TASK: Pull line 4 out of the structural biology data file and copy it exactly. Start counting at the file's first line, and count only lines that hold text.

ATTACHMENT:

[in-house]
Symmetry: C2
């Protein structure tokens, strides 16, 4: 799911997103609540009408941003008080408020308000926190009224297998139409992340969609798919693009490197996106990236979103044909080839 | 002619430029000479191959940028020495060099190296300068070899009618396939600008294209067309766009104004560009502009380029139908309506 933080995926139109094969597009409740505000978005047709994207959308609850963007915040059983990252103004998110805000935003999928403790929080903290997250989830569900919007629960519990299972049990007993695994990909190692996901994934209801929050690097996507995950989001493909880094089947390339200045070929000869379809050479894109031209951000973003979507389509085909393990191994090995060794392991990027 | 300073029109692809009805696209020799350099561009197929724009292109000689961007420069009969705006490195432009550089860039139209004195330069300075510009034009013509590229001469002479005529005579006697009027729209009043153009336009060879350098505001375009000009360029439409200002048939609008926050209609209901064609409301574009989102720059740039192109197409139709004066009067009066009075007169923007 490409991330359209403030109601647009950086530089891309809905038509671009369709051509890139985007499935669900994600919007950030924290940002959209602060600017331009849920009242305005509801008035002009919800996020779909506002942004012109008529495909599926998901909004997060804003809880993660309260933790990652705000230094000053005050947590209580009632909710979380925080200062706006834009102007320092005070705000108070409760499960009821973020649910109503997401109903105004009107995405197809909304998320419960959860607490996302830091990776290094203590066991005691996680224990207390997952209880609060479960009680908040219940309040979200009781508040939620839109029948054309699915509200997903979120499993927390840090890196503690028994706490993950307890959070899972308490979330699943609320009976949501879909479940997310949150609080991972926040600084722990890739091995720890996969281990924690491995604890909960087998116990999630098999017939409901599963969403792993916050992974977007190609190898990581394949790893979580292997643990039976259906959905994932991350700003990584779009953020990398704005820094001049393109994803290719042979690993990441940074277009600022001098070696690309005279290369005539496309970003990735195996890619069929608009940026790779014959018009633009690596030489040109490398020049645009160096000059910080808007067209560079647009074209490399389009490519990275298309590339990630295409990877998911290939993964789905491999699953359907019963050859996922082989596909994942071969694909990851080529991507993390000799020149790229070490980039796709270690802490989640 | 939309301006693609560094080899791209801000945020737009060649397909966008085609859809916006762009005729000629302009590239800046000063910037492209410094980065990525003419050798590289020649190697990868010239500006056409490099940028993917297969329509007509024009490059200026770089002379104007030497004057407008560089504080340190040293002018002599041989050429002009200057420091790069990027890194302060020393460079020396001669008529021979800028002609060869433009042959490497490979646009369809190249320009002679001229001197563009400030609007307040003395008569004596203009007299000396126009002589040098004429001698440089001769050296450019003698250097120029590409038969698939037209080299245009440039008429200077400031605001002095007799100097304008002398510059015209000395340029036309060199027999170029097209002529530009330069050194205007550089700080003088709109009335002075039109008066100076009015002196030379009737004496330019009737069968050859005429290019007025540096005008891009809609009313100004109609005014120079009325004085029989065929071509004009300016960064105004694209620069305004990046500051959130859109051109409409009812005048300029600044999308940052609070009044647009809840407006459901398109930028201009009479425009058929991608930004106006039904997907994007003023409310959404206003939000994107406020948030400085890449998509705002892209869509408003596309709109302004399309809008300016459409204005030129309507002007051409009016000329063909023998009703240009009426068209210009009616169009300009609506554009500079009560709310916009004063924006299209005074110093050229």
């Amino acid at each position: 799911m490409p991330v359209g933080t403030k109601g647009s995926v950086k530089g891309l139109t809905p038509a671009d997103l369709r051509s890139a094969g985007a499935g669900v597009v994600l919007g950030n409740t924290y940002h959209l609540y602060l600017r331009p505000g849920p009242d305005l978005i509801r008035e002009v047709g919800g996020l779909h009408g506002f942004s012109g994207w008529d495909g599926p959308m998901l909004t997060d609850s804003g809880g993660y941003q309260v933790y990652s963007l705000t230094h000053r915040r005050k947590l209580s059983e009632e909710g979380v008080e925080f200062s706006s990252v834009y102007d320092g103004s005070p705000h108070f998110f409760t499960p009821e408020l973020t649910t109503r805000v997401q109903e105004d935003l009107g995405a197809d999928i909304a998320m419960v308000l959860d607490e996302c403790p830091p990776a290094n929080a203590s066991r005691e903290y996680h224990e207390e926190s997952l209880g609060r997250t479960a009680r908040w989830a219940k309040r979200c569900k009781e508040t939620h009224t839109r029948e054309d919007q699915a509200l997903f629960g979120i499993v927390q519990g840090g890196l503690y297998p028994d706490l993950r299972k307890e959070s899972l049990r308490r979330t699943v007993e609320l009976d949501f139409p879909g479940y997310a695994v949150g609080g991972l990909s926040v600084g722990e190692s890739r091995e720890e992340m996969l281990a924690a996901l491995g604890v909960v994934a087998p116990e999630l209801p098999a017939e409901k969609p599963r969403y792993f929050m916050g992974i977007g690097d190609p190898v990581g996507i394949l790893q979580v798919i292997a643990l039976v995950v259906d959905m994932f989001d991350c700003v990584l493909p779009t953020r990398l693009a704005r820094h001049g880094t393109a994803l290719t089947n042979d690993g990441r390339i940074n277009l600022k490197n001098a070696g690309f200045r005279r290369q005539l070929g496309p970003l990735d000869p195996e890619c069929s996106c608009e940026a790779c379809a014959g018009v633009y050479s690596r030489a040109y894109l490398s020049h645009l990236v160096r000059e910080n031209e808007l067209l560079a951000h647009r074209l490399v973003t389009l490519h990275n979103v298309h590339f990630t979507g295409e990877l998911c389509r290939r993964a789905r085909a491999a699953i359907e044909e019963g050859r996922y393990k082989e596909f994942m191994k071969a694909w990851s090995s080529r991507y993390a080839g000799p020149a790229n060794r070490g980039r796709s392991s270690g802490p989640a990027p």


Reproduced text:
């Amino acid at each position: 799911m490409p991330v359209g933080t403030k109601g647009s995926v950086k530089g891309l139109t809905p038509a671009d997103l369709r051509s890139a094969g985007a499935g669900v597009v994600l919007g950030n409740t924290y940002h959209l609540y602060l600017r331009p505000g849920p009242d305005l978005i509801r008035e002009v047709g919800g996020l779909h009408g506002f942004s012109g994207w008529d495909g599926p959308m998901l909004t997060d609850s804003g809880g993660y941003q309260v933790y990652s963007l705000t230094h000053r915040r005050k947590l209580s059983e009632e909710g979380v008080e925080f200062s706006s990252v834009y102007d320092g103004s005070p705000h108070f998110f409760t499960p009821e408020l973020t649910t109503r805000v997401q109903e105004d935003l009107g995405a197809d999928i909304a998320m419960v308000l959860d607490e996302c403790p830091p990776a290094n929080a203590s066991r005691e903290y996680h224990e207390e926190s997952l209880g609060r997250t479960a009680r908040w989830a219940k309040r979200c569900k009781e508040t939620h009224t839109r029948e054309d919007q699915a509200l997903f629960g979120i499993v927390q519990g840090g890196l503690y297998p028994d706490l993950r299972k307890e959070s899972l049990r308490r979330t699943v007993e609320l009976d949501f139409p879909g479940y997310a695994v949150g609080g991972l990909s926040v600084g722990e190692s890739r091995e720890e992340m996969l281990a924690a996901l491995g604890v909960v994934a087998p116990e999630l209801p098999a017939e409901k969609p599963r969403y792993f929050m916050g992974i977007g690097d190609p190898v990581g996507i394949l790893q979580v798919i292997a643990l039976v995950v259906d959905m994932f989001d991350c700003v990584l493909p779009t953020r990398l693009a704005r820094h001049g880094t393109a994803l290719t089947n042979d690993g990441r390339i940074n277009l600022k490197n001098a070696g690309f200045r005279r290369q005539l070929g496309p970003l990735d000869p195996e890619c069929s996106c608009e940026a790779c379809a014959g018009v633009y050479s690596r030489a040109y894109l490398s020049h645009l990236v160096r000059e910080n031209e808007l067209l560079a951000h647009r074209l490399v973003t389009l490519h990275n979103v298309h590339f990630t979507g295409e990877l998911c389509r290939r993964a789905r085909a491999a699953i359907e044909e019963g050859r996922y393990k082989e596909f994942m191994k071969a694909w990851s090995s080529r991507y993390a080839g000799p020149a790229n060794r070490g980039r796709s392991s270690g802490p989640a990027p």